Some of the plants of the tropical rainforest have mutually beneficial, or symbiotic, relationships with ants.

A symbiotic relationship occurs between Cecropia trees and Azteca ants in the Central and South American rainforests.

The umbrella-shaped Cecropia trees often colonize abandoned farmlands, disturbed roadsides and old clearings.

Cecropia TreesThey are small, quick-growing trees that increase in height by at least 6 feet (1.8m) each year and live for 20 years at most. The trunk and branches are hollow and divided by partitions, with thin patches in the outer wall.

Azteca ants bite their way into the trunk through these thin patches and establish colonies.

These ants introduce small plant-sucking insects into the chambers. The ants care for these small insects them, feeding on the sugary solution which the insects excrete.

The plant produces small outgrowths from the leaf bases, which are rich in food materials. The ants eat these outgrowths and feed them to their larvae.

Azteca ants are fierce, but do not sting.

They attack anyone who disturbs or tries to cut the Cecropia in which they live. They also bite through the tips of climbers, which could otherwise smother the Cecropia plant.

In Africa, the plant Barteria fistulosa provides shelter for large colonies of ants which, in turn, appear to defend it. This small tree grows up to 50 feet (15m) tall and is most abundant in old clearings and disturbed places, but also occurs in undisturbed forest. Ants occupy its horizontal branches, which are hollow.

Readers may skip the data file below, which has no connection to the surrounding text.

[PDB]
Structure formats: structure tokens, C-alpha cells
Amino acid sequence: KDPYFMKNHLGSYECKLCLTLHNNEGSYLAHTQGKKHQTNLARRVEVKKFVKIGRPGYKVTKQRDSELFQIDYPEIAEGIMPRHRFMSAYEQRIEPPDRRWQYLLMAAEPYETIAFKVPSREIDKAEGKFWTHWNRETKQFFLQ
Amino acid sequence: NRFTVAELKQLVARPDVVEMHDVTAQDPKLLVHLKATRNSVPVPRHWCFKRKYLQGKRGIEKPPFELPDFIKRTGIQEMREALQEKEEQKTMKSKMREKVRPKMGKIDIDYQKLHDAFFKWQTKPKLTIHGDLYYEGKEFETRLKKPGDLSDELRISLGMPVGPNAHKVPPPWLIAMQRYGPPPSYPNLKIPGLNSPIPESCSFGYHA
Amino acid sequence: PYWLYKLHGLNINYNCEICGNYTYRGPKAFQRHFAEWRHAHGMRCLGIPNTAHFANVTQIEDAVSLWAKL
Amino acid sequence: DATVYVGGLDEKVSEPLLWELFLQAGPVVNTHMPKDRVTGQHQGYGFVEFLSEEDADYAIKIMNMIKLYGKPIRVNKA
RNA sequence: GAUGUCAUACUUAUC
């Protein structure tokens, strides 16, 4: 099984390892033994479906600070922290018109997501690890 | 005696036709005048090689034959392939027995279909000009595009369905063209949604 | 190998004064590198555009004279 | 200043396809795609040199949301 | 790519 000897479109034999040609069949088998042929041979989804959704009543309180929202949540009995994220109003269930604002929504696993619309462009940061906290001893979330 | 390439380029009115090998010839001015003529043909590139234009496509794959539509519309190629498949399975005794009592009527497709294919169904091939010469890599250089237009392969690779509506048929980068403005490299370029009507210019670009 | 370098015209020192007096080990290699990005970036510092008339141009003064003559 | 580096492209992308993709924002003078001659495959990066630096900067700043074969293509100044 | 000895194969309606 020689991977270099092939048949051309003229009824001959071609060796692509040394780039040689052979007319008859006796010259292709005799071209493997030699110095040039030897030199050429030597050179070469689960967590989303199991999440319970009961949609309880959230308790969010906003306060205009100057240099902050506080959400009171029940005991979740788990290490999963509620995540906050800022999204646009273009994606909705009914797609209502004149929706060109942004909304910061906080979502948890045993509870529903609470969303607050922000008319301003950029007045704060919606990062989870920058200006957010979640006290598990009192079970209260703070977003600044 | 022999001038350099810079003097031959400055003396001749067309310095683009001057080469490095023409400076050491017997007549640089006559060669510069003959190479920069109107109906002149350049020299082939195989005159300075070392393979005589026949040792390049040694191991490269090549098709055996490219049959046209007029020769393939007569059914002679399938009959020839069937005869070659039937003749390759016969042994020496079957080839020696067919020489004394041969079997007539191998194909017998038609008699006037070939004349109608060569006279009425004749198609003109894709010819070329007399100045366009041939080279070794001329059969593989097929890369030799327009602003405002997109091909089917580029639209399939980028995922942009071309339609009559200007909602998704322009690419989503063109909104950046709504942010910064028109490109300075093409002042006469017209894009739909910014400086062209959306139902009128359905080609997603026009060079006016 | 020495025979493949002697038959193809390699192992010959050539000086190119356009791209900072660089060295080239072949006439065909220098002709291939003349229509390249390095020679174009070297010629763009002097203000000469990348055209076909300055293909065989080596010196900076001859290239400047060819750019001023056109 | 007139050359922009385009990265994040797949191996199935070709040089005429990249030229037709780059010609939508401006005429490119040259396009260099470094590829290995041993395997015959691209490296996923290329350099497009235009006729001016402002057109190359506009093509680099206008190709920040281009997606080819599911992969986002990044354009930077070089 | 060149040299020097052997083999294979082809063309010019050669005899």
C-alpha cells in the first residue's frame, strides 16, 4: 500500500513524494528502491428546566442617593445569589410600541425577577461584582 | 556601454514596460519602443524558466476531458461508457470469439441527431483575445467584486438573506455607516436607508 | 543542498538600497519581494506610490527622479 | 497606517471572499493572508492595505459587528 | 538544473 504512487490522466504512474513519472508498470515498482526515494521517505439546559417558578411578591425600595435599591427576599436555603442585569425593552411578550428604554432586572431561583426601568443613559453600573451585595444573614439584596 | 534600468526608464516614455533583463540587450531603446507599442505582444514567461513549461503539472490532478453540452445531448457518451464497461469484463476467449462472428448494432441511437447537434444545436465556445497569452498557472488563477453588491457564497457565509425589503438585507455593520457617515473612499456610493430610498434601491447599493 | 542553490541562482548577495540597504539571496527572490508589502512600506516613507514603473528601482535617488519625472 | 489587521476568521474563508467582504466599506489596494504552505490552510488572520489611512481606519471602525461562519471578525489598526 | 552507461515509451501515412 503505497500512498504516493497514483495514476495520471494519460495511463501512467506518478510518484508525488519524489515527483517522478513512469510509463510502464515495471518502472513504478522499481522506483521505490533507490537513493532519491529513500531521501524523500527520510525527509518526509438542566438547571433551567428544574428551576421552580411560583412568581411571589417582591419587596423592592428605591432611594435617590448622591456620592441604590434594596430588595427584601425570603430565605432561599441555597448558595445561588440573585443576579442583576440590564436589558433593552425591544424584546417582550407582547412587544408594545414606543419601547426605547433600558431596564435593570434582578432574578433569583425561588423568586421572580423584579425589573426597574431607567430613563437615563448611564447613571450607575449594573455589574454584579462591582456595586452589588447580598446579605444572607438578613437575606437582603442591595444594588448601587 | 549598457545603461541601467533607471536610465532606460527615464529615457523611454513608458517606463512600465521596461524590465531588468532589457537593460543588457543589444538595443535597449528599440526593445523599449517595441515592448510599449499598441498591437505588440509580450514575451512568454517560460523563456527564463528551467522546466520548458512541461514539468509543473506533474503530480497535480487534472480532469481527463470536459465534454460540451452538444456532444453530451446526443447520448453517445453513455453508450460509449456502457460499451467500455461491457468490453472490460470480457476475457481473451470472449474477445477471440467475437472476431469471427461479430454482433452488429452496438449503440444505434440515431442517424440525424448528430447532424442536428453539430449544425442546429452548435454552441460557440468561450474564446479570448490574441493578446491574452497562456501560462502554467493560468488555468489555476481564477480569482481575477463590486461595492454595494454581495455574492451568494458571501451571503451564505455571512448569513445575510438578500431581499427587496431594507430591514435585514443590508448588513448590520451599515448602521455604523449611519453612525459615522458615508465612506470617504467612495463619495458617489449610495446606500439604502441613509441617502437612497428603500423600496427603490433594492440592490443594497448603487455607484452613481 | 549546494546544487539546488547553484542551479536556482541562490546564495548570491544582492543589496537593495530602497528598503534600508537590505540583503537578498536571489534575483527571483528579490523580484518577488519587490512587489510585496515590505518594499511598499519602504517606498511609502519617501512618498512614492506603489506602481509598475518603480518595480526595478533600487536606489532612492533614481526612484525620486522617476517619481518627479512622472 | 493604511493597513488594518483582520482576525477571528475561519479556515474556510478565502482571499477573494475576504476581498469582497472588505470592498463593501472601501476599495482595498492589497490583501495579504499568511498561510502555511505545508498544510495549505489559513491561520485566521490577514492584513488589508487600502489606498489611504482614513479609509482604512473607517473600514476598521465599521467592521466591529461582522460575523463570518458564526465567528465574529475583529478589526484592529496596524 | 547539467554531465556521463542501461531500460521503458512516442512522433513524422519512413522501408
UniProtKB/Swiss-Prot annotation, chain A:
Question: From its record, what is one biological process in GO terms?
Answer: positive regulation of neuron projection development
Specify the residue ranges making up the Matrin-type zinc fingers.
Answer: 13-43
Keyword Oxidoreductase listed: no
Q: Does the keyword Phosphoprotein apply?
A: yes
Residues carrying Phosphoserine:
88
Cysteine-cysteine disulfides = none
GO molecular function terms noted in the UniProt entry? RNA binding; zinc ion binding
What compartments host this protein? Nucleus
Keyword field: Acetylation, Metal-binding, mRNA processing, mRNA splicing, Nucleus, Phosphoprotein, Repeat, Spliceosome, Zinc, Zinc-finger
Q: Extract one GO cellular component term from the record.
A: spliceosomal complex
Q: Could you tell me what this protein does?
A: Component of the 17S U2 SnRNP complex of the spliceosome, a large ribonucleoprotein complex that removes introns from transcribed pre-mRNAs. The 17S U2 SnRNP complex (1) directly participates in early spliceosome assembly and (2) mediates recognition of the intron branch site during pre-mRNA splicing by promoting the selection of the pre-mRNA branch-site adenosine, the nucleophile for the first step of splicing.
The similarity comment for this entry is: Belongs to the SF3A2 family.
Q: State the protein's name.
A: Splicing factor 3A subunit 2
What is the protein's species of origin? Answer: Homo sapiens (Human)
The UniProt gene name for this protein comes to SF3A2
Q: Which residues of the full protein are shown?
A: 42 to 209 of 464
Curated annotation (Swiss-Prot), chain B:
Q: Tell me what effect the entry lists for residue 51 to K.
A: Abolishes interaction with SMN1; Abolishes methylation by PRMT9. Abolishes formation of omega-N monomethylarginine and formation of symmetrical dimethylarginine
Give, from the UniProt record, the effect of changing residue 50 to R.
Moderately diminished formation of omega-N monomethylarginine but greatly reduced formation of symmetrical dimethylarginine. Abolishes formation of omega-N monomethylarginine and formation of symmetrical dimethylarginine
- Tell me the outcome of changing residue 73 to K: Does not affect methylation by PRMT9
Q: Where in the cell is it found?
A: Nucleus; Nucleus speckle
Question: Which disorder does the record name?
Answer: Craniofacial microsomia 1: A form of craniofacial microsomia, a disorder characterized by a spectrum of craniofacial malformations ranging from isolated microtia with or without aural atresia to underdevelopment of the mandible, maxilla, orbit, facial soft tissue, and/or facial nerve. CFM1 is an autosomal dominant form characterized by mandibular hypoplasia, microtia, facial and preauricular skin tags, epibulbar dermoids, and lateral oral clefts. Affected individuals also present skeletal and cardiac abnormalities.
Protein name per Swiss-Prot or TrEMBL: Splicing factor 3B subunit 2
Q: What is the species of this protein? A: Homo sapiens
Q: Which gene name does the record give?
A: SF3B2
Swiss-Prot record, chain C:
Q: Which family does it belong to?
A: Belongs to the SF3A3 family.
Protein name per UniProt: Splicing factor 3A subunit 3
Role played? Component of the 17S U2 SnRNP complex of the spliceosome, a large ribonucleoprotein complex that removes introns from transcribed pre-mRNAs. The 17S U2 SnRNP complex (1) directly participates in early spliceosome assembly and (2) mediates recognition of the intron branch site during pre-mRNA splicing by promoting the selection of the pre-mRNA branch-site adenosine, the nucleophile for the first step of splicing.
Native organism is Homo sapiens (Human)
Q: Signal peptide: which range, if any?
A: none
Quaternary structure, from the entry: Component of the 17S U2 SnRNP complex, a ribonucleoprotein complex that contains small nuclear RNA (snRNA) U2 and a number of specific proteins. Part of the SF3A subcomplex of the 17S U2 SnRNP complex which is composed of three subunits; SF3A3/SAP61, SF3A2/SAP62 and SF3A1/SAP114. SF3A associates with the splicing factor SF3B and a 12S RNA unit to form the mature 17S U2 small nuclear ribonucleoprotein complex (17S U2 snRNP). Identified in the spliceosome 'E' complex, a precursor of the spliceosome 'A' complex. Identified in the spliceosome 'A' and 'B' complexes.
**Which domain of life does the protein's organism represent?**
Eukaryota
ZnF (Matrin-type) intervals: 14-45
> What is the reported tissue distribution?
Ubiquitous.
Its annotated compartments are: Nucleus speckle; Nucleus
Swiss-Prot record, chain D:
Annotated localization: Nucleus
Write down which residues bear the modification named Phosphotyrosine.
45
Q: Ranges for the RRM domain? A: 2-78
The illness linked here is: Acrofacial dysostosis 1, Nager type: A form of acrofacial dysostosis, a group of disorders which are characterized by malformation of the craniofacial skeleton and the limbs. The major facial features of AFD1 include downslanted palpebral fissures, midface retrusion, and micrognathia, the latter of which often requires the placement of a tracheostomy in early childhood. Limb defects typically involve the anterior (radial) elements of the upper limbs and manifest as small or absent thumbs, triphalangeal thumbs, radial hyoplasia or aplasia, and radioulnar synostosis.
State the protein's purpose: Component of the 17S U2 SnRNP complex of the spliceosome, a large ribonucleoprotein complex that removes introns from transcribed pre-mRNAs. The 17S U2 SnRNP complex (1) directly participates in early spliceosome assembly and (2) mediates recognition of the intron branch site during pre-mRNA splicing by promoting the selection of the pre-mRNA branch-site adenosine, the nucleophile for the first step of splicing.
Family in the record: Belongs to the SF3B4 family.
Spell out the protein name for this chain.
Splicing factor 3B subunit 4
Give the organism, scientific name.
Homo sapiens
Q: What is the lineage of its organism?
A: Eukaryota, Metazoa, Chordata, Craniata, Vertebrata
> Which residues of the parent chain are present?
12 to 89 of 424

The ants clear other plants from the area around the tree base by biting off their tips. They attack any animal that disturbs or breaks the tree. Their sting is painful, and its effects can last for a couple of days.

In Southeast Asia two members of the family Rubiaceae, Myrmecodia and Hydnophytum; a member of the family Asclepiadaceae, Dischidia; and two ferns, Phymatodes and Lecanopteris, provide ants with shelter, while the ants supply the plants with food.

All are epiphytes and, except for Dischidia, have swollen rhizomes, or stem bases, which contain hollows.

The hollows form whether or not ants are present.

However, these plants are almost always colonized by ants, which fill some of the cavities with debris, including insect remains.

The plants probably absorbs the nutrients from this debris as the debris decomposes.